Promoting the laws
of war

We aim to reduce human suffering by promoting understanding and respect of international humanitarian law and the protective red cross, red crescent and red crystal emblems.

International humanitarian law (IHL) seeks to reduce the impact of war on those who are not part of the fight. We work to develop an understanding within the community that ‘even wars have laws’ – this is one of our unique obligations as a Red Cross National Society. For these laws to be respected during war, they must be understood in times of peace.

Our WA IHL conference, ‘From principles to practice – securing compliance with the laws of war’, was held in Perth in November. The event brought together more than 100 participants, including state and federal politicians, academics, students and legal practitioners. Pictured (L-R): The Hon. Kevin Parker AC RFD QC, Robert Tickner (former CEO of Red Cross), Phoebe Wynn-Pope (Red Cross), Leonard Blazeby (Head of Mission, ICRC in Australia), His Excellency Mr Marcel Stutz (Ambassador of Switzerland), Steve Joske CSC (Red Cross).
Australian Red Cross

Working with specialist groups and government

We engage with groups that directly use the laws of war – such as the Australian Defence Force, Federal Police and humanitarian workers – and with the Federal Government and parliamentarians to promote IHL and issues of humanitarian concern.

This year we ran 10 training courses across Australia for 218 Australian Defence Force personnel. We continued to engage with government, including through briefings to government committees on our areas of expertise and engaging in bilateral discussions with government departments on key priorities like our ‘health care in danger’ campaign, which seeks to protect health care workers in conflict situations.

Building community knowledge

Community engagement has also been extensive, with public advocacy campaigns, training courses and events highlighting the humanitarian impact of nuclear weapons, the dangers faced by health care workers in war, and the importance of the protective emblems. We held a national Centenary seminar series on the development of IHL in partnership with Allens law firm; hosted an IHL conference in Western Australia; ran education programs with school students in South Australia, the Northern Territory and Tasmania; and in Queensland, Western Australia and New South Wales we held training courses and seminars on business and IHL. Our reach was extended by specifically targeting key groups, such as journalists and lawyers, and increasingly leveraging social media channels. This year we published two editions of our International Humanitarian Law magazine to increase public knowledge, the first focusing on issues of gender and IHL, and the second on the protection of journalists under law.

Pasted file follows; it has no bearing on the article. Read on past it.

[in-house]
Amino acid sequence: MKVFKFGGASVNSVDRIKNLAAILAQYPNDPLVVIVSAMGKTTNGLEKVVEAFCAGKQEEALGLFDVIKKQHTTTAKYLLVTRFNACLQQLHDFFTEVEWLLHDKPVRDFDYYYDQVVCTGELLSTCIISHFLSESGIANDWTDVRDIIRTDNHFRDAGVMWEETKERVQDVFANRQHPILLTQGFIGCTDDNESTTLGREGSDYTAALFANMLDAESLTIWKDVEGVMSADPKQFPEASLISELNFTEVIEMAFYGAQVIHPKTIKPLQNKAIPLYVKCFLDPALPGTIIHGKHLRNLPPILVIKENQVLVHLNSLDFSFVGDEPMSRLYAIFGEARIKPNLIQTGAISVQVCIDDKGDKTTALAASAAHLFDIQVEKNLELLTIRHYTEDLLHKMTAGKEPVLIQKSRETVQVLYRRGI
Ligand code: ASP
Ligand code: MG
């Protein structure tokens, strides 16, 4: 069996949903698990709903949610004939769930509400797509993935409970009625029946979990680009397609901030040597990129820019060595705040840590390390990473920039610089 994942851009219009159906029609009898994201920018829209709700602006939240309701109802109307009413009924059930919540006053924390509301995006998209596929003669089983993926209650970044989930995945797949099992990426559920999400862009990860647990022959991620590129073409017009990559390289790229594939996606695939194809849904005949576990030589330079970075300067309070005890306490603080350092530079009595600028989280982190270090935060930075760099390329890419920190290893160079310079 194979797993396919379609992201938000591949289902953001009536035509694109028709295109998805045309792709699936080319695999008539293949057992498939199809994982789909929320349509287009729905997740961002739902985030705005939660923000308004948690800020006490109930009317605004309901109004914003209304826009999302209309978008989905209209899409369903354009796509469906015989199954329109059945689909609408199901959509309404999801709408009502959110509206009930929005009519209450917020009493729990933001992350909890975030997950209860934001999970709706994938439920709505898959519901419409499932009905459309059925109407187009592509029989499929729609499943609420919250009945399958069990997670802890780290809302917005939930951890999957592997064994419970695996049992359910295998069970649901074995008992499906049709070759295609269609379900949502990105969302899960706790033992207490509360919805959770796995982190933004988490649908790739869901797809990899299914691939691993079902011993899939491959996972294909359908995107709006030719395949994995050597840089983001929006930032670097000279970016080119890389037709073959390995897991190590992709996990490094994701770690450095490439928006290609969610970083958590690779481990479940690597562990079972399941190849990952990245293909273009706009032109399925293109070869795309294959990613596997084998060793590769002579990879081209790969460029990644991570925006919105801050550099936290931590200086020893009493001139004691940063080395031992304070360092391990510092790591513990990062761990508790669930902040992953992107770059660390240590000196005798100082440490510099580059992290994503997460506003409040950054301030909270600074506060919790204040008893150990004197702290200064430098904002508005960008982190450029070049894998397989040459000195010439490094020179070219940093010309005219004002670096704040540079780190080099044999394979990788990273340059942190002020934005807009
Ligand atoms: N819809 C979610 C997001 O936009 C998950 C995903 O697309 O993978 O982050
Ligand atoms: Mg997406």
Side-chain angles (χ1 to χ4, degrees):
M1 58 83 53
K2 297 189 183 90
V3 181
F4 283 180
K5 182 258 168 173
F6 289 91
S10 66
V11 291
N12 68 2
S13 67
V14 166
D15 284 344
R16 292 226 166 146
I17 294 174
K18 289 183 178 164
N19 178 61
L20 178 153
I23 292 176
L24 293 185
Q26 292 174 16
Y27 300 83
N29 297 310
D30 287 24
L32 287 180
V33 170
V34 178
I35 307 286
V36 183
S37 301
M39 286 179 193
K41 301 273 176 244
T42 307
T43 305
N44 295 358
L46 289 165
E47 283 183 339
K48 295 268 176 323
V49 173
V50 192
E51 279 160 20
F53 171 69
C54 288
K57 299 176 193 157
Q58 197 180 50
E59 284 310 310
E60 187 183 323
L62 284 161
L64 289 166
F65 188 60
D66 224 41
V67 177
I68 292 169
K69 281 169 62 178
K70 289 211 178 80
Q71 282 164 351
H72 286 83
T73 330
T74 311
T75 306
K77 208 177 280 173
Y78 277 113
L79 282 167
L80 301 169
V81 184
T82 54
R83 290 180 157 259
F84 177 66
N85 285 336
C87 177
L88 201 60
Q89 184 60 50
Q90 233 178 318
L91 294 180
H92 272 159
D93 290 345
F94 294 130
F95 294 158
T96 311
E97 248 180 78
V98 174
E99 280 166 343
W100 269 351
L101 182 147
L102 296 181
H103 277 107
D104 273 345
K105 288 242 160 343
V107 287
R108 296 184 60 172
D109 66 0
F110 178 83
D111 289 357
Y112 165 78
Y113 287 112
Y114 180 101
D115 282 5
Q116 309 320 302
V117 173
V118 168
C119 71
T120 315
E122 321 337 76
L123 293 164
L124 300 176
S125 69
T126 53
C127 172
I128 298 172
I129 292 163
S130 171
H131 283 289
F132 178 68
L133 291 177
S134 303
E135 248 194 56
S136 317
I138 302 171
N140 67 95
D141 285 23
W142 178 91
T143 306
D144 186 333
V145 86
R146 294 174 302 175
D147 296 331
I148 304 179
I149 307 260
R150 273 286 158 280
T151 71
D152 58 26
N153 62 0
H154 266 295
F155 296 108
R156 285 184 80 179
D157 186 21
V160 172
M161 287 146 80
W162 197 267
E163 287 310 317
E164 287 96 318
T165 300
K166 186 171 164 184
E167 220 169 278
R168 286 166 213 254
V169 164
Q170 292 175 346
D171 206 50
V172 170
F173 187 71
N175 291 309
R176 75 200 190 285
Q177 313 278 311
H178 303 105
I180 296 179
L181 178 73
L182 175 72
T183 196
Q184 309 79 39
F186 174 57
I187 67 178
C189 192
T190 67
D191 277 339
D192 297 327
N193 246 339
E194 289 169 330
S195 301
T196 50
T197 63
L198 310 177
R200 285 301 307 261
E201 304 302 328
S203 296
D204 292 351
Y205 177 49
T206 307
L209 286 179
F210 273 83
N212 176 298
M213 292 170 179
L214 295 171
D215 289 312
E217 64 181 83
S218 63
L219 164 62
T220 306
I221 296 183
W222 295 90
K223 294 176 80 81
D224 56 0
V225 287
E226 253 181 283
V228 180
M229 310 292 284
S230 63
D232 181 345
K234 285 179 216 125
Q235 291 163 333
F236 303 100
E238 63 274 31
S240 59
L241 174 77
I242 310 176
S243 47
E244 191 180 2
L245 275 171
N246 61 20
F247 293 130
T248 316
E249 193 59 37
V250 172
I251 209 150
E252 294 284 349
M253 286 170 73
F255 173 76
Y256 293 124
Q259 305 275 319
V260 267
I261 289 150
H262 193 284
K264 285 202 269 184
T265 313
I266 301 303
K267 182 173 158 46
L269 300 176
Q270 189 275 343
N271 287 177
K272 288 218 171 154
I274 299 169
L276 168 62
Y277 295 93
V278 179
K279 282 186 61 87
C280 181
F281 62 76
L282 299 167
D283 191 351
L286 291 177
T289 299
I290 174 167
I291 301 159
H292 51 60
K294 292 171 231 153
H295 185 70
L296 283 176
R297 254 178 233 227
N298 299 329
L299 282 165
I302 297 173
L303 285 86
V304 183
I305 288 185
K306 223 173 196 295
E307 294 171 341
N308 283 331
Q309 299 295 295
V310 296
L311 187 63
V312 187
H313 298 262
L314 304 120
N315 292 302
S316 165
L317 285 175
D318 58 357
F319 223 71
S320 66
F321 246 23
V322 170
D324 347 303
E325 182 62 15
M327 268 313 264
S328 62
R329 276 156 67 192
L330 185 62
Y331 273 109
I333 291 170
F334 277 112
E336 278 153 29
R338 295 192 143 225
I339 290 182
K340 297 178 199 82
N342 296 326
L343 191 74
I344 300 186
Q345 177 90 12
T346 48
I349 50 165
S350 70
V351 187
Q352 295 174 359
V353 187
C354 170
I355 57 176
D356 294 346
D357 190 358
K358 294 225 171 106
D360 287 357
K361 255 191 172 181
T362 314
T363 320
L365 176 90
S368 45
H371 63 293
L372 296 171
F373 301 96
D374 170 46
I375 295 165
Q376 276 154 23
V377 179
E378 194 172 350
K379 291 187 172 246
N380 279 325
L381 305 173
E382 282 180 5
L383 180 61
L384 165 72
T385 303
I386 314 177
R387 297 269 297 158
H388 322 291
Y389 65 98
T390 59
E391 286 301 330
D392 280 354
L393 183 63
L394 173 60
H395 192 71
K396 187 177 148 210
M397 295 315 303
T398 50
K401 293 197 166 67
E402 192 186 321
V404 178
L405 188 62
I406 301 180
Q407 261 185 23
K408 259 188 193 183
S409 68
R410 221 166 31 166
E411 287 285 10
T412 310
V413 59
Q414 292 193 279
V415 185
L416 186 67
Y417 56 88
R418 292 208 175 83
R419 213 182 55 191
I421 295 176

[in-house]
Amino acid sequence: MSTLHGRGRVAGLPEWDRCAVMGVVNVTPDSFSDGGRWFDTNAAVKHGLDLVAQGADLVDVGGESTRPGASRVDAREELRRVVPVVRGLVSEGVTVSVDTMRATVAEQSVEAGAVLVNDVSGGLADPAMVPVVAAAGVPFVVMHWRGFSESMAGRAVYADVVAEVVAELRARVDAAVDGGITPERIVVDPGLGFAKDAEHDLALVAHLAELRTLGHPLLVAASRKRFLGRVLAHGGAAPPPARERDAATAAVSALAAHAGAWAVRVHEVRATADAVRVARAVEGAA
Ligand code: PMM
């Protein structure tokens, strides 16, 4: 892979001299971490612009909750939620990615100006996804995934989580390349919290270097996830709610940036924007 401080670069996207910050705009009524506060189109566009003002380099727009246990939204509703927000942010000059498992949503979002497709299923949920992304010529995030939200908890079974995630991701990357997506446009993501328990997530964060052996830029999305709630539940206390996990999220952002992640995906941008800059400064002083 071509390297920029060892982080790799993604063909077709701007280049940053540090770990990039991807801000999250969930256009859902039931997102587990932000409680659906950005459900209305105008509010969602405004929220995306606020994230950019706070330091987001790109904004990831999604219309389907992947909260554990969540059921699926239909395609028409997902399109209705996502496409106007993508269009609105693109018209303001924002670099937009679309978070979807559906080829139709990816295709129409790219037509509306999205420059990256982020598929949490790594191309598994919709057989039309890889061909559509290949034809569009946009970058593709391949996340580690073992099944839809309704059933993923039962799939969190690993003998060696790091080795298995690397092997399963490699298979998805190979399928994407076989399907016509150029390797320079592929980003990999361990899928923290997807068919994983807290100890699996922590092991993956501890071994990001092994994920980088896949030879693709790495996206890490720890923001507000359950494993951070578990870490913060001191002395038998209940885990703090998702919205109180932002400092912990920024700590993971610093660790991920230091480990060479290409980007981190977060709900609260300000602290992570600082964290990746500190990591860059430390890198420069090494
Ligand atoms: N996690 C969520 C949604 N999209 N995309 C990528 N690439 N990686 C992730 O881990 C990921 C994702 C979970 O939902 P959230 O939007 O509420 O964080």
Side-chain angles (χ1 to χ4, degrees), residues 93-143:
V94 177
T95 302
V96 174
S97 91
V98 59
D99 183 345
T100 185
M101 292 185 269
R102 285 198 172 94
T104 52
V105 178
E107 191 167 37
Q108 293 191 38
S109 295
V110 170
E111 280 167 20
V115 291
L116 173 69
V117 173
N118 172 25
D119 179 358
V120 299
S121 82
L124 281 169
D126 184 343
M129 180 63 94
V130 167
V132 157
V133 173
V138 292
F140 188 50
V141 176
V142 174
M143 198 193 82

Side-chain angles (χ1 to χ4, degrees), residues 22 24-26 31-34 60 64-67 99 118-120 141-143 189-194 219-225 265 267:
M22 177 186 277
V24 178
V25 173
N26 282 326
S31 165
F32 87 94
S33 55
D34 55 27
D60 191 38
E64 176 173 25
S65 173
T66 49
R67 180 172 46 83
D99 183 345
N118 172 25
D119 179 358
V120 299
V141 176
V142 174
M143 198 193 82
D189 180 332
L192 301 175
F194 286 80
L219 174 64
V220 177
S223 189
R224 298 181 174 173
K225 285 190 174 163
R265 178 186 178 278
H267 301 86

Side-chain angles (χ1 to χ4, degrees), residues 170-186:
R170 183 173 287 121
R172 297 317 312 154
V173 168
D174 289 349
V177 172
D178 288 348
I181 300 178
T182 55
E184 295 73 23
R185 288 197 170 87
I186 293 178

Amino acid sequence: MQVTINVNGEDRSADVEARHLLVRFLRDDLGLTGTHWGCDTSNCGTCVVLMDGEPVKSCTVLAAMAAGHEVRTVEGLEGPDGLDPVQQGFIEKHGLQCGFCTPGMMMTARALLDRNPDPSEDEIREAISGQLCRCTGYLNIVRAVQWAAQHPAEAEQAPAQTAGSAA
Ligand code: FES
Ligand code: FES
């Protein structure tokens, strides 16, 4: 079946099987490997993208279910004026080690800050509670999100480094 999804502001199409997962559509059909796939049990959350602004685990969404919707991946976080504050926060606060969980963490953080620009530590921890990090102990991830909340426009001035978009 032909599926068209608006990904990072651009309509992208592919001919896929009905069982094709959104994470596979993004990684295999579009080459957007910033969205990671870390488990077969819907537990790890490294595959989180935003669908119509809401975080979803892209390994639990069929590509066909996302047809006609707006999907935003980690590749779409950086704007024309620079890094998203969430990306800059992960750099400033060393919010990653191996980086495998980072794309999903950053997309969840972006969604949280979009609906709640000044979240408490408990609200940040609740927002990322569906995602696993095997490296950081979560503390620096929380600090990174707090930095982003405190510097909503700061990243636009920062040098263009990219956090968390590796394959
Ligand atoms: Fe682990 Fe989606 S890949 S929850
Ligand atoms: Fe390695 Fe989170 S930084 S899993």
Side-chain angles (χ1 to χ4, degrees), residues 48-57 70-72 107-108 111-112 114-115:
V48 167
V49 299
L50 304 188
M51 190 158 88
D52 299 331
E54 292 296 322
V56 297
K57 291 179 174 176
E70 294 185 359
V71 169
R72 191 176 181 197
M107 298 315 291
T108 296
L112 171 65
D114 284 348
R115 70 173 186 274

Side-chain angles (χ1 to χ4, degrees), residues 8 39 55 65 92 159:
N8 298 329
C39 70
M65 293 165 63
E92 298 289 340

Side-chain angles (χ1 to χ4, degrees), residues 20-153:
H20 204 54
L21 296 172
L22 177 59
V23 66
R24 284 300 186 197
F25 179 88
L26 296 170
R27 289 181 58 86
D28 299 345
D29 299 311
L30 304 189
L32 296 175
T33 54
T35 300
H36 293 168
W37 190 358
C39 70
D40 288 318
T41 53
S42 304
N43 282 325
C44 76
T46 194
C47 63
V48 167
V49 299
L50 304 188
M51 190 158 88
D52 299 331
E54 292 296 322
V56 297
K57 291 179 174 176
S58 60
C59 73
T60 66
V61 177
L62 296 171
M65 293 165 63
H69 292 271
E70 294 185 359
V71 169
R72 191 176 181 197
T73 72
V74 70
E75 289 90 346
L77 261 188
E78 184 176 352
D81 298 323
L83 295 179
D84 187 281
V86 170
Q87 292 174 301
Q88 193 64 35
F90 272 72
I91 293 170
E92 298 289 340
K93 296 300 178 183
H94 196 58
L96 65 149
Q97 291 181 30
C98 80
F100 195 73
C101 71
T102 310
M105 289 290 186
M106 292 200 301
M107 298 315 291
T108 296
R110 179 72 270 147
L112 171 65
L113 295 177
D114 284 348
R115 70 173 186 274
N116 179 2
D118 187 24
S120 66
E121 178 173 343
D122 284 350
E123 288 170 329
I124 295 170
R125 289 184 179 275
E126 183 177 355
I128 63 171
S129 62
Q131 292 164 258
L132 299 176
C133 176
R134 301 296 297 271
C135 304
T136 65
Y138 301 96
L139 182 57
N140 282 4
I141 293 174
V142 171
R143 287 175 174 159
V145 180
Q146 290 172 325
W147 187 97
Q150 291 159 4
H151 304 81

Ensuring the integrity of the red cross, red crescent and red crystal emblems remains a core component of our work. In line with Australian law, which restricts the use of the protective emblems, we followed up on 344 breaches of proper emblem use and actively worked to ensure key businesses and groups understand the importance of the protective emblem in wartime.

As part of our contribution to building a strong Red Cross National Society, we trained more than 2,100 volunteers, members and staff on the laws of war and how they relate to our work. We also worked closely with other Pacific Red Cross societies, sharing our resources and building frameworks to co-facilitate training in the future. One project in this area is our ongoing work with Red Cross societies in Fiji, Tonga, Vanuatu and Nepal to produce and publish educational IHL handbooks.

In times of war, the relevance of IHL becomes starkly apparent. Making sure it is understood in peacetime, however, remains one of our greatest challenges, requiring strong stakeholder engagement, focused advocacy and innovative narratives.